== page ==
Underground Musicians Capitalize on Mainstream Marketplace
By Kelsie Testa The edgy stoner from your high school math class is no longer the only one listening to indie music. In fact, alternative rock's cousin has completed the journey from your skeevy local venue to the commercial realm—literally.
For many indie musicians, licensing songs and commercials has become trendy. But in doing so, the bands have labeled themselves with the Scarlet Letter of the music industry—"S" for sell-out. Musicians are as much capitalistic as they are artistic, and businesses need money to grow. However, with many "customers" consuming music for free through illegal downloading, artists must seek other channels for profit.
Indie musicians should be aware of the product the ad promotes, but licensing music exposes up-and-coming bands without forcing image alterations. After all, one sit-down with an advertising exec is much less painful than throwing demo after demo at producers only interested in crafting a Top-40 hit.
I'm sure Jónsi of Sigur Rós didn't write "Go Do" for the 2011 Ford Explorer. Still, just because his track was in that commercial doesn't mean he'll make songs to promote mid-sized SUVs for the rest of his career. When The Shins licensed "New Slang" to McDonalds, longtime fans lamented and criticized their decision. Turns out the band used that money to build a home studio. That's called business strategy, not selling out.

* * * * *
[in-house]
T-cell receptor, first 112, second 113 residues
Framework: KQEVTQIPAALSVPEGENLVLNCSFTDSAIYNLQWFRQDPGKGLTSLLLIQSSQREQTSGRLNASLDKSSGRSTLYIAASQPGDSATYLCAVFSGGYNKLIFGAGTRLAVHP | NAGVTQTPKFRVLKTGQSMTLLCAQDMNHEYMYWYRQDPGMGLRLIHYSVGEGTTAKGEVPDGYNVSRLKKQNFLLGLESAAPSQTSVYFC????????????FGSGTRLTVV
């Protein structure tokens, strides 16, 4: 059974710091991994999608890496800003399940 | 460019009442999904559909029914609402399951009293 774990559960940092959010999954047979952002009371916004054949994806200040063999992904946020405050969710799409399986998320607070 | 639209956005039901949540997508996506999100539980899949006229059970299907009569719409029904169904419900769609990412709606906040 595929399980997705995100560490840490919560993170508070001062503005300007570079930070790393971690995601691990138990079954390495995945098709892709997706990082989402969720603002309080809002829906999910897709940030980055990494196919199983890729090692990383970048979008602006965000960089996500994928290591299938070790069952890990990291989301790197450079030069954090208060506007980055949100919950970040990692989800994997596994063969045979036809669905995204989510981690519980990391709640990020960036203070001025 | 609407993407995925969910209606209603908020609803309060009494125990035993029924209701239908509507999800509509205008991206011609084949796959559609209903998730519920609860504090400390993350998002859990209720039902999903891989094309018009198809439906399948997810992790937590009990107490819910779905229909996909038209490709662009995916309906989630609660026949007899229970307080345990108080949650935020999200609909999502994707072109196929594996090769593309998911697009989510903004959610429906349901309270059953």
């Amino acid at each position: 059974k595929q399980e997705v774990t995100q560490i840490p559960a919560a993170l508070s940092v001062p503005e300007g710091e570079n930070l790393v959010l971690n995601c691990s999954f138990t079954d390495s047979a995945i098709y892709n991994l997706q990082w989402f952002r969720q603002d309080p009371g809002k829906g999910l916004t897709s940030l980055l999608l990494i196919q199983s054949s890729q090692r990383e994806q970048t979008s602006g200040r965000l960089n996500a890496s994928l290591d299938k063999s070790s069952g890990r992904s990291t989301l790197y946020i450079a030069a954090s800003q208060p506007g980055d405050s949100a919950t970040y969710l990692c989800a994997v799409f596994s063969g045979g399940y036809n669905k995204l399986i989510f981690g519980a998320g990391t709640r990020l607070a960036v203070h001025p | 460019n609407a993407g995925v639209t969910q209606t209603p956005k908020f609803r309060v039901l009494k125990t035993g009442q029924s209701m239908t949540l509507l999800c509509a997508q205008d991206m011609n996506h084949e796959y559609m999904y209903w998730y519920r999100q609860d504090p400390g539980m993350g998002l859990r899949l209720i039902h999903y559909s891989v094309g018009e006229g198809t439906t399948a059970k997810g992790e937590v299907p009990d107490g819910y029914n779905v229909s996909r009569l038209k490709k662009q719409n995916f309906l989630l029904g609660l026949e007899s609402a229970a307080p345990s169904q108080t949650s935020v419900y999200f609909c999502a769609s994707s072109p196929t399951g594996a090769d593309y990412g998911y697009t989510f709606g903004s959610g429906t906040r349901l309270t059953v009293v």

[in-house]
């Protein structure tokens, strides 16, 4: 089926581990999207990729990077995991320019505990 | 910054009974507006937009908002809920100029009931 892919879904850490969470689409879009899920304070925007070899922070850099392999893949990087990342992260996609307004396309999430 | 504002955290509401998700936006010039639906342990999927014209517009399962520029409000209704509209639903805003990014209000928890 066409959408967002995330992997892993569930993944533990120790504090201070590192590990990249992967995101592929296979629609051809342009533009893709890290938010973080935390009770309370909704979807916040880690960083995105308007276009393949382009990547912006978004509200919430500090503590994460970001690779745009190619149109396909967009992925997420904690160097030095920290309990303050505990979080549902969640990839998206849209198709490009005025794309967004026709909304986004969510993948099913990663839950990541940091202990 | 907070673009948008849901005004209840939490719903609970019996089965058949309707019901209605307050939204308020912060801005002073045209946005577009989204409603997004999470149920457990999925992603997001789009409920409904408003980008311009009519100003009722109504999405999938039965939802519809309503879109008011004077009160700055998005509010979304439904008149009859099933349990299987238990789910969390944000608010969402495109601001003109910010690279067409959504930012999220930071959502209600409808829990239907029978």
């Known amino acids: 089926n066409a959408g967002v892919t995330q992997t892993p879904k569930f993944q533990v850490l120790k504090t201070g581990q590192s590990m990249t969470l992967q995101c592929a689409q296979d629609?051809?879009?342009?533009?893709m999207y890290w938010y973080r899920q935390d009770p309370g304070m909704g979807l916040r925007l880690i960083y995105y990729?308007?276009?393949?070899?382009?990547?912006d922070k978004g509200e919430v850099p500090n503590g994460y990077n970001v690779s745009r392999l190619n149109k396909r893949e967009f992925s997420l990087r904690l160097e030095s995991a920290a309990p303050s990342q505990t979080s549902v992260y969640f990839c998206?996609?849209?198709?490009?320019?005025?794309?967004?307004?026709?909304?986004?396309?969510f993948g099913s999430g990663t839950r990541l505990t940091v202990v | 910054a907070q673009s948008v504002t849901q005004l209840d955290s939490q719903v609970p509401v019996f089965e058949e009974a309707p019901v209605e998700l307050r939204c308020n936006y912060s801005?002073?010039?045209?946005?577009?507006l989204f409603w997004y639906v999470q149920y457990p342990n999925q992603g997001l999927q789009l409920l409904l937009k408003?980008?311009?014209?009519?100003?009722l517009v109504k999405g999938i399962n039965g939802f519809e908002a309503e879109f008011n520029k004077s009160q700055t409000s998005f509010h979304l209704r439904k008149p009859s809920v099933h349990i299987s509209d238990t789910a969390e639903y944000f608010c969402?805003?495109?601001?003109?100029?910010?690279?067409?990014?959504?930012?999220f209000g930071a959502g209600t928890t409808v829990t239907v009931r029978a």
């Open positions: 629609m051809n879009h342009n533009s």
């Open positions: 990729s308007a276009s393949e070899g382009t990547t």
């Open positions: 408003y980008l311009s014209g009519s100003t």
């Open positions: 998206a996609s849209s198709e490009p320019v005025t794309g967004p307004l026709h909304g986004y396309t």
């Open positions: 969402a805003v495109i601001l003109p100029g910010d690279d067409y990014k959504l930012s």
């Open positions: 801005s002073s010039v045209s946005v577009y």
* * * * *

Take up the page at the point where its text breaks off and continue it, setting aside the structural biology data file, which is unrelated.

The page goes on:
Advertisers and musicians have similar goals when it comes to impacting their audiences. Whether you're selling sneakers or selling emotions, the ultimate goal is creating a visceral response in under two minutes. Previously unheard quality tracks accomplish that while benefitting the artist.
Animal Collective shouldn't camp outside of Saatchi & Saatchi begging for company licensing, but we should relax on the name-calling, especially if we're guilty of an illegal download or two ourselves. We're all trying to follow our passions, and if we make money off of them, that's just an added bonus.
So the next time you hear Yael Naim, Foster the People, or Matt White juxtaposed with an iPod, Nissan Versa Sedan, or Big Mac, don't be so quick to judge. Because with each "Who sings that song in that one commercial?" text you send, these artists have succeeded.